Brazil Considering to Open Up Several Conservation Areas for Deforestation

by Rodrigo Estrada Patiño

Greenpeace Brazil has just released powerful new photographs of a forest area larger than Yellowstone National Park that could be lost if the Brazilian government follows through with its plans to strip protections in the Amazon.

© Daniel Beltrá / Greenpeace

Slashing protection would leave one million hectares of forest vulnerable to further deforestation and biodiversity loss according to Greenpeace. Images of the overflight, made by renowned photographer Daniel Beltrá, can be seen here.

Despite a 75% increase in deforestation between 2012 and 2015 in the Amazon, the minister of Civil Office, Eliseu Padilha, and Brazil’s president, Michel Temer, are considering a proposal to the National Congress in the coming weeks to cancel one entire Conservation Area and reduce four others by 40%. This move would end protection for around one million hectares of forest and hand the region to land-grabbers.

“If Brazil’s president, Michel Temer, takes the proposal to reduce Conservation Areas forward, he will both encourage those who destroy the forest and betray those who have worked to help Brazil preserve it. Cutting protected areas at a time when deforestation rates are increasing is the opposite of what Brazil needs to do to combat forest destruction. Now, more than ever, it is important to pressure the government to stop this proposal and keep on track to reduce deforestation,” said Cristiane Mazzetti, Greenpeace Brazil Amazon Campaigner.

The Conservation Areas that are at risk are located in an extremely strategic region that acts as a barrier preventing the advance of deforestation and illegal occupation. Amazonas state is known as the region with the largest continuous area of Amazonian forest and still has many intact forest areas. If those areas are lost, many environmental services provided by the forest to the world will be compromised. Already in 2016, deforestation in Amazonas state grew by 54% from the year before. [1]

Brazilian parliamentarians from Amazonas state argue that the Conservation Units are obstacles to rural producers’ investments in the region. Greenpeace Brazil recently conducted flyovers of the region to document possible human occupations and signs of logging, farming and other activities, as well as to capture images of the forest that is at stake if this proposal moves forward.

The overflight showed large areas of preserved forest in the area under threat, with little evidence of occupations other than some gold mining and roads. Around the border of the Conservation Units there was evidence of some recent deforestation and burned areas — possibly the signs of new farms or timber logging. [2] There are many stakeholders who would be interested in the proposed cuts to Conservation Units as a chance to expand destructive human activities into protected areas.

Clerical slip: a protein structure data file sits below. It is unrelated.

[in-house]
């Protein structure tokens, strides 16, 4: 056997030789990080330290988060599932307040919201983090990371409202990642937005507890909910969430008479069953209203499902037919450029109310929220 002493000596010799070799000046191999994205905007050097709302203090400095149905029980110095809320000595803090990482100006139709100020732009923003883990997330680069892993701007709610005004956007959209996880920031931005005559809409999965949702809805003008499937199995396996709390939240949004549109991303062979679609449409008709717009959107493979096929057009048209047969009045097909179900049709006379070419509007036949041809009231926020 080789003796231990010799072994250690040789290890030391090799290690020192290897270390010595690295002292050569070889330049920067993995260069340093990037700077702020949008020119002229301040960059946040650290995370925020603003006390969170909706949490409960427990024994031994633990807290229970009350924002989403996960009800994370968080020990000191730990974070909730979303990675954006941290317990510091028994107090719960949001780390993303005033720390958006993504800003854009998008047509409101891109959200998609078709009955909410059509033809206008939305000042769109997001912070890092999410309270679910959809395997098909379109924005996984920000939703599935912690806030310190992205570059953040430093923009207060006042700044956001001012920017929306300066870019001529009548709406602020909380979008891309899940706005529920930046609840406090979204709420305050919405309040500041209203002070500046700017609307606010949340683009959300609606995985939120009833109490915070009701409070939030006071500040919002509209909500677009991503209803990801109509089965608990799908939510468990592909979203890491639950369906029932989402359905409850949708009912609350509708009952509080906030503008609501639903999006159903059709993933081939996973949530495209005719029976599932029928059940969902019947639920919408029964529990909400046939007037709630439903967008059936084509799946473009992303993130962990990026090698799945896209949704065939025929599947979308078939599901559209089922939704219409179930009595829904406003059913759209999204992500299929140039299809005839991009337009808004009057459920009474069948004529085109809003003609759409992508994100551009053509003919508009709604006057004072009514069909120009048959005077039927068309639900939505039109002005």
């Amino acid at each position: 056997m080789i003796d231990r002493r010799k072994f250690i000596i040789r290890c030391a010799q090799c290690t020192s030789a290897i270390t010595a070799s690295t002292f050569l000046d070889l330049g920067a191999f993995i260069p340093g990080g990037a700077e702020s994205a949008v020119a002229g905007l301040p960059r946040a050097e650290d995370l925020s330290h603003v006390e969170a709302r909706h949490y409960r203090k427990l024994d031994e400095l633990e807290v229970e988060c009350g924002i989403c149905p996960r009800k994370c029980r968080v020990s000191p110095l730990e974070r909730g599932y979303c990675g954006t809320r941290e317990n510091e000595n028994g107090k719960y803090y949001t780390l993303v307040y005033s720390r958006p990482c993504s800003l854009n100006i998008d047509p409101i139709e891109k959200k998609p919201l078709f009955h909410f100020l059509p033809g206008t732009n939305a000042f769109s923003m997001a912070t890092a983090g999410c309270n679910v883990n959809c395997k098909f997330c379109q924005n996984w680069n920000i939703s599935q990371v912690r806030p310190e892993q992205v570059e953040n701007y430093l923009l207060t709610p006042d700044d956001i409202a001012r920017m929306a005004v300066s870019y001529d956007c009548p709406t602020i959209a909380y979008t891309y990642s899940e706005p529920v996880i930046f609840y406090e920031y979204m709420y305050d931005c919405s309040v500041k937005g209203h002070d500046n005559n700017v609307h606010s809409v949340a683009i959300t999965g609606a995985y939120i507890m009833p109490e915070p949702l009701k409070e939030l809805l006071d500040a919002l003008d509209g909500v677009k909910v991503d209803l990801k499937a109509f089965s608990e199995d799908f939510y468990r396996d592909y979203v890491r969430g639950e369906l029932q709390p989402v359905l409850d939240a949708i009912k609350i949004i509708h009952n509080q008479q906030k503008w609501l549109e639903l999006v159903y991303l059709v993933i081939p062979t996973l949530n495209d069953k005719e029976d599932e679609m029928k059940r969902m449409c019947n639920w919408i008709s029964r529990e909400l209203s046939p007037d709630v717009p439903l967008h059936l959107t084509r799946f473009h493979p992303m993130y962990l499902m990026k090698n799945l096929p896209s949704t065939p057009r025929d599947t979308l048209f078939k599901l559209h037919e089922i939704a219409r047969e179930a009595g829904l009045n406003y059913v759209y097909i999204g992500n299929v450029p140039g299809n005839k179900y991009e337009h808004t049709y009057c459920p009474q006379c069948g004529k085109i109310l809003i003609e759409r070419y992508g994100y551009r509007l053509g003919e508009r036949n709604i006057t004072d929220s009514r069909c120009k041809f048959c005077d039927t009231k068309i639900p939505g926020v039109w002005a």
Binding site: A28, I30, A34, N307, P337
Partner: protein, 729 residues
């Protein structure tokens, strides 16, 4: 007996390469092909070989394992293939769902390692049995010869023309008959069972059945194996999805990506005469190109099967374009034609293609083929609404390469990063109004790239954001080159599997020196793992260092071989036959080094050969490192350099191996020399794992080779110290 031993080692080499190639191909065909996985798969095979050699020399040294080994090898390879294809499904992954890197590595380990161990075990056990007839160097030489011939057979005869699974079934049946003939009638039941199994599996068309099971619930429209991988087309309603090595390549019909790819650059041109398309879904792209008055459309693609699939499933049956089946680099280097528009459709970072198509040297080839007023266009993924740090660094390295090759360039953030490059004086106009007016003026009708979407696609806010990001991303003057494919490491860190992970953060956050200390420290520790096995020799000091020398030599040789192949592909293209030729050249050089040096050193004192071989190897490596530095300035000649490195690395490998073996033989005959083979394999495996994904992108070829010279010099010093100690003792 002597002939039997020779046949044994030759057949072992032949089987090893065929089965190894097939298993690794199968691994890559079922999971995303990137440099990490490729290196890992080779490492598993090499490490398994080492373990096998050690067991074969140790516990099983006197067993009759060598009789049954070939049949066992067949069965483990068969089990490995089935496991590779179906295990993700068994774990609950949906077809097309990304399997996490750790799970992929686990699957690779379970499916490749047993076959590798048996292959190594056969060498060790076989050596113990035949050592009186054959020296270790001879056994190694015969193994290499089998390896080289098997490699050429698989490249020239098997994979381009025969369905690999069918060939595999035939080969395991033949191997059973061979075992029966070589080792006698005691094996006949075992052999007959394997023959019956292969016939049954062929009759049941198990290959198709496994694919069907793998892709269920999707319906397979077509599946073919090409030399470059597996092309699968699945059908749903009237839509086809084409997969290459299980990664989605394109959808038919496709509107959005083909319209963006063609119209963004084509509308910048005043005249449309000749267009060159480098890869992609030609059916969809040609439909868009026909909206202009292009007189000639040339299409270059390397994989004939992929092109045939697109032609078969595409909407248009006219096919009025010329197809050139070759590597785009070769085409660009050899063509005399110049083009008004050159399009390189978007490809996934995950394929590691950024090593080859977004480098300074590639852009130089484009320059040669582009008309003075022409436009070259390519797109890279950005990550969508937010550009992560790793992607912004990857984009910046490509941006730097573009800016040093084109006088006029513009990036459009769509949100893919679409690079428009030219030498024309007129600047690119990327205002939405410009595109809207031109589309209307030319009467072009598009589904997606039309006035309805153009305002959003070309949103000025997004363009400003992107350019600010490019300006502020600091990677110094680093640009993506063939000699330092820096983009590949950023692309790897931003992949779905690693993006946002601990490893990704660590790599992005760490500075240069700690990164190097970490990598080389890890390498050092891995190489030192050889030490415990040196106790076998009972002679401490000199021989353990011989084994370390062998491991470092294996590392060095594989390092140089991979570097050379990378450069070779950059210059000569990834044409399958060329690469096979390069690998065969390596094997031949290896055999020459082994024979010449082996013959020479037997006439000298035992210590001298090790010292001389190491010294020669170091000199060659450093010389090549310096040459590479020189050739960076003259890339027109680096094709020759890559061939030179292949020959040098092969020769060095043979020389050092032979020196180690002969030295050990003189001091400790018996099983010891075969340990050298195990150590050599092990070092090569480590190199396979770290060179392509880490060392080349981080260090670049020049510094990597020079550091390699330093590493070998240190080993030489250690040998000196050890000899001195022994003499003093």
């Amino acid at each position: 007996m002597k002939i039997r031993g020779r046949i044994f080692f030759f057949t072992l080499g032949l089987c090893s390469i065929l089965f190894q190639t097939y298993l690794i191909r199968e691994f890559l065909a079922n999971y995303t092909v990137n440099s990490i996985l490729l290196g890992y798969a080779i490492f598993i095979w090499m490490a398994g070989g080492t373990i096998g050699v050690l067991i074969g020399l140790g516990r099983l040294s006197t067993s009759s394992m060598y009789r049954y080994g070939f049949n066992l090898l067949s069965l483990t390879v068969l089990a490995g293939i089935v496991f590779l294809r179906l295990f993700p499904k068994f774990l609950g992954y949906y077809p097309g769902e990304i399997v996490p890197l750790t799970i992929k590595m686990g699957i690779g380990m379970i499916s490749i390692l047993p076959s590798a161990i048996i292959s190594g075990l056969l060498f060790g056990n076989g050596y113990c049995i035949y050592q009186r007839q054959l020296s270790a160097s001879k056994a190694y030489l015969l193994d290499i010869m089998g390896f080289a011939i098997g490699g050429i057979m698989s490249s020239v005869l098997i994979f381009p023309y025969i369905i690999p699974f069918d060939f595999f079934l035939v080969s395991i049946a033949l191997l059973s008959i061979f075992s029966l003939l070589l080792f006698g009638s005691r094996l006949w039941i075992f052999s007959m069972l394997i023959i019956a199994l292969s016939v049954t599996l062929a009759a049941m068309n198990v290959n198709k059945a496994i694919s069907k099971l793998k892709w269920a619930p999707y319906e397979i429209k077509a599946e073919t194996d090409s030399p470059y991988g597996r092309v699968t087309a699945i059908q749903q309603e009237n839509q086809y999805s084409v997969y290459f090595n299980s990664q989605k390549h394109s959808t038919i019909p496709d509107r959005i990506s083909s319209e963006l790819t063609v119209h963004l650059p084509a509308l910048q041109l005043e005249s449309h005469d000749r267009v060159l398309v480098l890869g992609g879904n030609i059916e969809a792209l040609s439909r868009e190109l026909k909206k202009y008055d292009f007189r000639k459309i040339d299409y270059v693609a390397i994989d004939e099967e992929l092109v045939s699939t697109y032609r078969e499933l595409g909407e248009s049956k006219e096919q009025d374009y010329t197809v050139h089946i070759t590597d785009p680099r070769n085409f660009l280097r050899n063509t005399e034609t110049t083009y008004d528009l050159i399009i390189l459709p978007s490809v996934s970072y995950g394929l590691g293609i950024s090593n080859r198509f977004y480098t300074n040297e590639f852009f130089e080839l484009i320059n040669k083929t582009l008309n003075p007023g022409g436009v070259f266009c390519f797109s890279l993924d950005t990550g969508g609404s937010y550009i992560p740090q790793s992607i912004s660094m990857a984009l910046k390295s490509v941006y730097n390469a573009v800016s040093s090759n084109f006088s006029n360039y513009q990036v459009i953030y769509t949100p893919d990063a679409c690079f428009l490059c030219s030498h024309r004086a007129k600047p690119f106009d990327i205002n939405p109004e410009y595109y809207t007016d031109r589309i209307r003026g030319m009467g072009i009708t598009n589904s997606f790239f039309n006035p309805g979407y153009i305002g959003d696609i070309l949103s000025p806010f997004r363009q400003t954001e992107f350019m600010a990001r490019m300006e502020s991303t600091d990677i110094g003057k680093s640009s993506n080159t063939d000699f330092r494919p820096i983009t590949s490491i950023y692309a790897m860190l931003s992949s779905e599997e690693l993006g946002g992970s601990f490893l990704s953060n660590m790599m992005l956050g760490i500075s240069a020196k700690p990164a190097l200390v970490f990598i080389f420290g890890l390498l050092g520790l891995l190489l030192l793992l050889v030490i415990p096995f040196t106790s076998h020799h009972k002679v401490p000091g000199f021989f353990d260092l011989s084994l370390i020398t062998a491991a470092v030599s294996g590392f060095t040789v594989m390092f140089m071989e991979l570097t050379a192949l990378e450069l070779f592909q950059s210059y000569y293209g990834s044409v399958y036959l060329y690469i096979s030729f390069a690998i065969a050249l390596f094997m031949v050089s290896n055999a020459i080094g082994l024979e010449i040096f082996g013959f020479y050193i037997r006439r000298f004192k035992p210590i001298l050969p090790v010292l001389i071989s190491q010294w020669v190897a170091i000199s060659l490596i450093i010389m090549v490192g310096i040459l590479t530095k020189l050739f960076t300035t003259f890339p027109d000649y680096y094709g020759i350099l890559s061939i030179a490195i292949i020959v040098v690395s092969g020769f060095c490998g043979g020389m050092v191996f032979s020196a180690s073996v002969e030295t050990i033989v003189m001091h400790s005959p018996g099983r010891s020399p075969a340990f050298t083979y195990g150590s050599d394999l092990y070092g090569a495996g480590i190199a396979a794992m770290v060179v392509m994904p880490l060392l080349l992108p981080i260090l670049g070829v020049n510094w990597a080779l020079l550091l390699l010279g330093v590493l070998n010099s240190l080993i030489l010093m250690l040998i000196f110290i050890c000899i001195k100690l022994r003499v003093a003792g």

At a time when Brazil should be taking urgent action to reduce deforestation, it is instead creating major setbacks for environmental conservation, especially in the Amazon. By considering the parliamentarians’ proposal, the Brazilian government is seriously compromising its commitments ratified in the Paris Agreement to fight global warming. [3] It also breaks promises made with international donors, such as Norway and Germany, that supported the country in its efforts to control deforestation in the Amazon in the last several years.[4]

“The creation of Conservation Units was a successful strategy that contributed to reducing the Amazon deforestation rate between 2005 and 2012. With this proposal, the government would give the green light to land grabbers, resulting in even higher deforestation rates. If we want to keep global warming at or below 1.5 C, ending deforestation in Brazil is an important step,” said Mazzetti.

ENDS

Notes for editors:

[1] Prodes (Deforestation Monitoring Program for the Legal Amazon), operated by the National Institute for Space Research (INPE) of Brazil, conducts satellite monitoring of deforestation by clear-cutting on the Legal Amazon and has compiled the annual rates of deforestation for the region since 1988. These are used by the Brazilian government to determine public policy.

[2] Images of the overflight, made by renowned photographer Daniel Beltrá, can be seen here.

[3] The Paris Agreement includes an explicit call to developed and developing countries to reduce emissions. Currently, about 40% of Brazil’s greenhouse gas emissions come from deforestation, being the sixth country that most emits greenhouse gases in the world.

[4] The Amazon Fund was created in 2008 and received donations of one billion dollars from Norway between 2009 and 2016 – the country intends to keep the same level of investment until 2020. Germany donated 28 million dollars for the Amazon Fund between 2010-2014 and is also a donor of the Program for Protected Areas in the Amazon (ARPA). In 2015 a cooperation between Brazil and Germany resulted in an investment of 31.7 million euros to this project.

[5] On Feb, 21, civil society in Brazil submitted to the government a repudiation note to any proposal that would lead to those conservation units reduction. Read it here.

[6] A map of the potentially impacted Conservation Areas can be seen here.

Media contact:
Rodrigo Estrada, rodrigo.estrada@greenpeace.org, 202-478-6632.

Rodrigo Estrada Patiño

By Rodrigo Estrada Patiño

Rodrigo works in the Communications Department at Greenpeace USA. He focuses on the organization's work on forests. He has covered climate change, energy - specially oil - and toxic chemicals in the past. Rodrigo has been quoted in a wide range of national and international articles by CNN, Bloomberg, The Washington Post, Vice, Reforma, La Nación, and many more.

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